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ALL IMAGES © ED REEVE

13. Nanuk Polar Bear Lodge, Manitoba, Canada

There are no lions or tigers, but bears? Oh, my. This resort welcomes an abundance of polar bears – more than you are likely to encounter anywhere else in the world. 250 kilometres from Churchill, Manitoba, the lodge’s remote fly-in location allows access to some of the most pristine landscapes and incredible wildlife sightings possible, including views of the northern lights. Inside, it features a cosy fireplace lounge, large picture windows, and fine dining prepared from its own northern cookbook series, Blueberries and Polar Bears. Housing only eight guests, private en-suite bathrooms and an inclusive, personalised experience are highlights of the experience, but beyond the lodge’s doors a range of Polar Bear Safari itineraries promise a unique opportunity to walk with the bears and photograph them close-range with no other human presence for over 150 kilometres.

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14. Travaasa Hana, Maui, USA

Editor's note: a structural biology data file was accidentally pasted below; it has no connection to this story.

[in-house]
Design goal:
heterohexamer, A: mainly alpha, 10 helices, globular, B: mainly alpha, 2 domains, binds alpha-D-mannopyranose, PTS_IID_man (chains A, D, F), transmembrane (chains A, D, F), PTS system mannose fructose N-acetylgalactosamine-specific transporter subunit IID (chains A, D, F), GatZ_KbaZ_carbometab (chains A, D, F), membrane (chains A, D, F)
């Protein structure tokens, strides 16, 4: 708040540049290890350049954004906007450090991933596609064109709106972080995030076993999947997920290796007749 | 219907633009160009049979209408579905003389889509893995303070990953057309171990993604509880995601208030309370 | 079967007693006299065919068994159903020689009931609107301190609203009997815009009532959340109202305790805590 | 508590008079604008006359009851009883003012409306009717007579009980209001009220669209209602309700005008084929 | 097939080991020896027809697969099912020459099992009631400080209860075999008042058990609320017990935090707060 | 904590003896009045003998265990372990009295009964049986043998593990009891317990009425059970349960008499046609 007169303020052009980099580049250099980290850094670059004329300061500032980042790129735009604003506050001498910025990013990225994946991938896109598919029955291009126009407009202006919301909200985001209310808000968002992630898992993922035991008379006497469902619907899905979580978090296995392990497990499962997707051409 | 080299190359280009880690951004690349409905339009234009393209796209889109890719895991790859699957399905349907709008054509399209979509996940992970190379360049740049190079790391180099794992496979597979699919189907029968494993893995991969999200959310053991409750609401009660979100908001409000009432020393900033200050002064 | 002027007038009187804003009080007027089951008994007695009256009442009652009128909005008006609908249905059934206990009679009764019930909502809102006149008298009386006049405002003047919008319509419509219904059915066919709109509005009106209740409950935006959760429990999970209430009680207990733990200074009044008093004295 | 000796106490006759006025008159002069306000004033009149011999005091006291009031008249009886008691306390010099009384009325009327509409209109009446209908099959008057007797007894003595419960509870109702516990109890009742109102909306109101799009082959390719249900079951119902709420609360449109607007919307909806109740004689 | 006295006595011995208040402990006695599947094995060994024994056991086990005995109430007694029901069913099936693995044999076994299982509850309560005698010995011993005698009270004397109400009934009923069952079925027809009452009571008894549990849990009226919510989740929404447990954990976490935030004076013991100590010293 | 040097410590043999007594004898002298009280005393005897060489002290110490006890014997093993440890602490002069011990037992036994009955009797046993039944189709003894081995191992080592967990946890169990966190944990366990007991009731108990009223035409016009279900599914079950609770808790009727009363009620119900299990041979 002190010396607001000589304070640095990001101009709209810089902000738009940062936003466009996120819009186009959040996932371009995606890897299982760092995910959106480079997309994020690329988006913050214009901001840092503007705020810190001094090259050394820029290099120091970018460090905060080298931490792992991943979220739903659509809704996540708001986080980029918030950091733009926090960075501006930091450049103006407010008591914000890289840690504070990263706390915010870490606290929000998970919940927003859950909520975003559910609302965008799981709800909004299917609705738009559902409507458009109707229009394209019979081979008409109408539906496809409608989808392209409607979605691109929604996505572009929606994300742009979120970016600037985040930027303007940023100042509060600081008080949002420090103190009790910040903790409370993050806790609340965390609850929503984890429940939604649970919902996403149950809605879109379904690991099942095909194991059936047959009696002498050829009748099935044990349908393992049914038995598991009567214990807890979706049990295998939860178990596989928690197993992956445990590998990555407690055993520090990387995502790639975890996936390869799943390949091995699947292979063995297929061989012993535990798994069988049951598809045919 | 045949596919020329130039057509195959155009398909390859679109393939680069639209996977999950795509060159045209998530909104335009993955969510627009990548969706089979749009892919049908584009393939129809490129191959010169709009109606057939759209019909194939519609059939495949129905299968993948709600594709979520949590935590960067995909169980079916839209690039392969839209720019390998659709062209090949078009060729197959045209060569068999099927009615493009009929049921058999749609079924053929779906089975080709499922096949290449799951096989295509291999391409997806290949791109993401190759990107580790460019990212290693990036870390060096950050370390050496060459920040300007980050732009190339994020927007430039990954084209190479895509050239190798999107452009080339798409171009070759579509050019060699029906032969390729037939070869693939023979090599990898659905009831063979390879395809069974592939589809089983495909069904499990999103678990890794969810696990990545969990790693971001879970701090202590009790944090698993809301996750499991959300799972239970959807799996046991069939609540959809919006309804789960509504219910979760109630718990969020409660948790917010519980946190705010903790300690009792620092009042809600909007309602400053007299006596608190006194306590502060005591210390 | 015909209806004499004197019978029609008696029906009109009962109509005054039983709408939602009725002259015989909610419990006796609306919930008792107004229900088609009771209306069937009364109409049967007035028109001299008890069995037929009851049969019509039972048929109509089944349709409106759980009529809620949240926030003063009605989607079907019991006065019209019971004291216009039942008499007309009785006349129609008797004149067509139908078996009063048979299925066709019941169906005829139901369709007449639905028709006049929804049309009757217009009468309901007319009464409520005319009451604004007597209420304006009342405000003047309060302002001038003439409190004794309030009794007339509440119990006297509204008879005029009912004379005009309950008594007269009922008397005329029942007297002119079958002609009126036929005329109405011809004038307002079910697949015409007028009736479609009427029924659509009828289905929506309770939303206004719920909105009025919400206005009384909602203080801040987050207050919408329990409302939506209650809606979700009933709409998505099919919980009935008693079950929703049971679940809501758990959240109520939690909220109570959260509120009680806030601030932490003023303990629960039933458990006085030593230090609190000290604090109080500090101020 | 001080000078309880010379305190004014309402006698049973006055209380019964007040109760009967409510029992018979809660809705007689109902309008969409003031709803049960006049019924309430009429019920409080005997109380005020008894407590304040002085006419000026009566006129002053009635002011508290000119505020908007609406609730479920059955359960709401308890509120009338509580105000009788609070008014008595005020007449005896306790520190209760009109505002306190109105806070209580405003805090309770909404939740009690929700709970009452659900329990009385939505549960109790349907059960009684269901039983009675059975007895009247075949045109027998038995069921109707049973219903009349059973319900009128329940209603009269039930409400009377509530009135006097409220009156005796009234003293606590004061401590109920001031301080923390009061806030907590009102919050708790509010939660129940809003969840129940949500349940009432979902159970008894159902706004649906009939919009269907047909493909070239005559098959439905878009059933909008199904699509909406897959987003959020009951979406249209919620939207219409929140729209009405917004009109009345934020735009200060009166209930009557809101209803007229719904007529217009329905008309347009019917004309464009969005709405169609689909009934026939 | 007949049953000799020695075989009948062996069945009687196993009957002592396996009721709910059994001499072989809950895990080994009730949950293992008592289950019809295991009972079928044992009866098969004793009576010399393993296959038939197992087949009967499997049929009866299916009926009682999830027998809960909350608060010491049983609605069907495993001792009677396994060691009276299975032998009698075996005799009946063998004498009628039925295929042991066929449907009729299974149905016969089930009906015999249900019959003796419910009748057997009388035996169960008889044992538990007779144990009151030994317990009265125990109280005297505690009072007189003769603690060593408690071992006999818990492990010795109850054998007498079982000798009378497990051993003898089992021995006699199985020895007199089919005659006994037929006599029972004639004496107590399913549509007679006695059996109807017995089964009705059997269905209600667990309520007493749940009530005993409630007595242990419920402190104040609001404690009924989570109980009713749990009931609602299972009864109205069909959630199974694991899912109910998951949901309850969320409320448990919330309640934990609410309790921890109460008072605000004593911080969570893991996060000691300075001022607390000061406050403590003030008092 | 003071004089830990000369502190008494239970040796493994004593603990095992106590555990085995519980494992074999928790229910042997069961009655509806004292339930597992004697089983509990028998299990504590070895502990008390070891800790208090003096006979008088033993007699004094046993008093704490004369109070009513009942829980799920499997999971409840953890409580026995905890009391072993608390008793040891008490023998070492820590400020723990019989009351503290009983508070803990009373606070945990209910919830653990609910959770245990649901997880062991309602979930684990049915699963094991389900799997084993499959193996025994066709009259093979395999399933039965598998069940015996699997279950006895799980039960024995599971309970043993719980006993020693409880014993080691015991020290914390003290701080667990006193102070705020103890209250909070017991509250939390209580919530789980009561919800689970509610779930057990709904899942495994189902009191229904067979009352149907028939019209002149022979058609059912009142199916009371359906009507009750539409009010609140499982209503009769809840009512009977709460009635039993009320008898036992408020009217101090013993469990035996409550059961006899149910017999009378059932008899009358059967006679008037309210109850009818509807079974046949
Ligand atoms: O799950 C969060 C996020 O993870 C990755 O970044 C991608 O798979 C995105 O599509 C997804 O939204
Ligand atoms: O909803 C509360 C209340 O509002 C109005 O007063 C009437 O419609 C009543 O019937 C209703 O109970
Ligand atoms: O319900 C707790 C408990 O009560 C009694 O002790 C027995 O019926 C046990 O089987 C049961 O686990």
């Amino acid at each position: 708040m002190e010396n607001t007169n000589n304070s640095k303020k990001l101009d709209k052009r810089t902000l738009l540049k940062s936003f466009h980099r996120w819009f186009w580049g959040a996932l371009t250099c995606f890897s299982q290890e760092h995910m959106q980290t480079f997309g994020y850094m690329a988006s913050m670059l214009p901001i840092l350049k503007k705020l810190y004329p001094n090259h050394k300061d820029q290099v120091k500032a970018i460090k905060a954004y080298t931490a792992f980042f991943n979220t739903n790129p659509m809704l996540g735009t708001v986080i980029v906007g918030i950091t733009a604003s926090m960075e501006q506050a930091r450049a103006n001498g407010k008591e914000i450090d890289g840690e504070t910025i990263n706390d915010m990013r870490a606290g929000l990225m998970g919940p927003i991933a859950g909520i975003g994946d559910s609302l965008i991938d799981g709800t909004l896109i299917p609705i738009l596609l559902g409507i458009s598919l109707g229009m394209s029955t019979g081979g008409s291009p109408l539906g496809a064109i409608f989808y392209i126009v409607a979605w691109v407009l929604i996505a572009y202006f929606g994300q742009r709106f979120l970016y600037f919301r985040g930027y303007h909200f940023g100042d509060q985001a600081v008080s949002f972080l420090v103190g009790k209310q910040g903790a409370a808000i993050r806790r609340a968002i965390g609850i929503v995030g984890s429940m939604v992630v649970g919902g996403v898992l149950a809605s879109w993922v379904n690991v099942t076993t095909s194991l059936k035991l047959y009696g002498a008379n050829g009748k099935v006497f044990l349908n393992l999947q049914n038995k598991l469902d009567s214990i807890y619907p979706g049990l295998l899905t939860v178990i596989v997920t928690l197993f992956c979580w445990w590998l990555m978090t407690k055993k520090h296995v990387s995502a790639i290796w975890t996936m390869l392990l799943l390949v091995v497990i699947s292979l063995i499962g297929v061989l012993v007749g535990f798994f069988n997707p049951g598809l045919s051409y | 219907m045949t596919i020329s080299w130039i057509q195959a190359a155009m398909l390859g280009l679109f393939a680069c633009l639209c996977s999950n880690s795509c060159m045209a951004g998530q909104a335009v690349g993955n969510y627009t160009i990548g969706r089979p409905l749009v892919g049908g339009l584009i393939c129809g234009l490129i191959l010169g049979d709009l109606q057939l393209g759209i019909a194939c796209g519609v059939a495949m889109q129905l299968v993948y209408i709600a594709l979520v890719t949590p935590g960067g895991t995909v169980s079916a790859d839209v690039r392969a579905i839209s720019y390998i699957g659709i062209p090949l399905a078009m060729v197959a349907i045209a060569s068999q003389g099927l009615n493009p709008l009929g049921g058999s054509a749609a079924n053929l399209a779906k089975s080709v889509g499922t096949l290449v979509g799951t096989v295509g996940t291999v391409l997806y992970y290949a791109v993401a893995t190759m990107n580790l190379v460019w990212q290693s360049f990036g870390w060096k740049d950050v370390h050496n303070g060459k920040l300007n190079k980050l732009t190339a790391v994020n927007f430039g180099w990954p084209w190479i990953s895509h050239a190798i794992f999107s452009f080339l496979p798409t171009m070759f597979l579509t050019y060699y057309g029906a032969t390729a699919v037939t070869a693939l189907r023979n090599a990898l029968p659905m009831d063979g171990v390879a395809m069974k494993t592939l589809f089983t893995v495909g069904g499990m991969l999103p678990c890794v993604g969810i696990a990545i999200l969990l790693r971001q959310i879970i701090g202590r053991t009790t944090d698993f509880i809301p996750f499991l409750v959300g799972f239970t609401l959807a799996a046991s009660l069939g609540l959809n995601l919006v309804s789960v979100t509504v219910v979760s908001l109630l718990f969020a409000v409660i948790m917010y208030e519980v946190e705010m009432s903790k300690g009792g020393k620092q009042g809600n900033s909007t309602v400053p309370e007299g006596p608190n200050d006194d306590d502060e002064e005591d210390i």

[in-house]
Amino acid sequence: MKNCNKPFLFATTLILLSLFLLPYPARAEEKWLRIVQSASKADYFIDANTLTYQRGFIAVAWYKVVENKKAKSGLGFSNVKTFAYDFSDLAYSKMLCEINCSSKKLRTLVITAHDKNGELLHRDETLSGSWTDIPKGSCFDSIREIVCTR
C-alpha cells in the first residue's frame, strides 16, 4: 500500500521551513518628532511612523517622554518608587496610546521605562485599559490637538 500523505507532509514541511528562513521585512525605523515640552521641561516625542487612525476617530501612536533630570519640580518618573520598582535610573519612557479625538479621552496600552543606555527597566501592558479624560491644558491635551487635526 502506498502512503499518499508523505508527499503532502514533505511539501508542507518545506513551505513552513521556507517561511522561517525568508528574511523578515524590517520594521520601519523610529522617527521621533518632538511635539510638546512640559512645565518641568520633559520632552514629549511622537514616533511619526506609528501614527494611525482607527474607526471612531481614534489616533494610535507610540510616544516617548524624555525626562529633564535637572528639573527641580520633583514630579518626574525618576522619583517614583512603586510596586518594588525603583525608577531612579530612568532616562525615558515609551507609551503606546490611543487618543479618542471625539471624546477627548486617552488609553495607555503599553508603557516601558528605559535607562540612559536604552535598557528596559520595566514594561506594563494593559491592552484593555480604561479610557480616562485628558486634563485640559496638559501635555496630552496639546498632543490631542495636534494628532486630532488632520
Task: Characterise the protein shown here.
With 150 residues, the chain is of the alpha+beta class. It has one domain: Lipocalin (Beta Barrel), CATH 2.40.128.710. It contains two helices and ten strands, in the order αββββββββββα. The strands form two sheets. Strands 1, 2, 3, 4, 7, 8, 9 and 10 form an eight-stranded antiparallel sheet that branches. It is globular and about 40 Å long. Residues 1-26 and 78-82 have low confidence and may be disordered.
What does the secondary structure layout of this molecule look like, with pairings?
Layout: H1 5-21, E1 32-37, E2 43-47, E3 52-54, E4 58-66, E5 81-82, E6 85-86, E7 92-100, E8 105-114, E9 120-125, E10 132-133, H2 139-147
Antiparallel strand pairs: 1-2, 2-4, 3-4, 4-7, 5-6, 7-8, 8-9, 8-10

Located on the easternmost tip of Maui, this resort is the island’s best place to say Mahalo to the rising sun. Lovingly referred to as the “real Hawaii”, the resort is grateful to be almost untouched by the buzz of Hawaii’s popular tourist appeal at the grace of its enclosure, provided by vast tropical wilderness. The resort is perched above Hana Bay, offering panoramic Pacific Ocean views dotted by swaying palms and the occasional free-roaming stallion that calls the island home. The drive here winds along the countryside, passing ravines, waterfalls and rainforest toward the bay and its pristine natural pools. In either a private suite or a resort cottage, guests are treated to floor-to-ceiling sliding doors, while the Preserve Kitchen and Bar offers fine open-air dining overlooking the water. Experience traditional healing, bamboo pole fishing and an authentic insight to Hawaiian culture in a place with no red lights and no problems.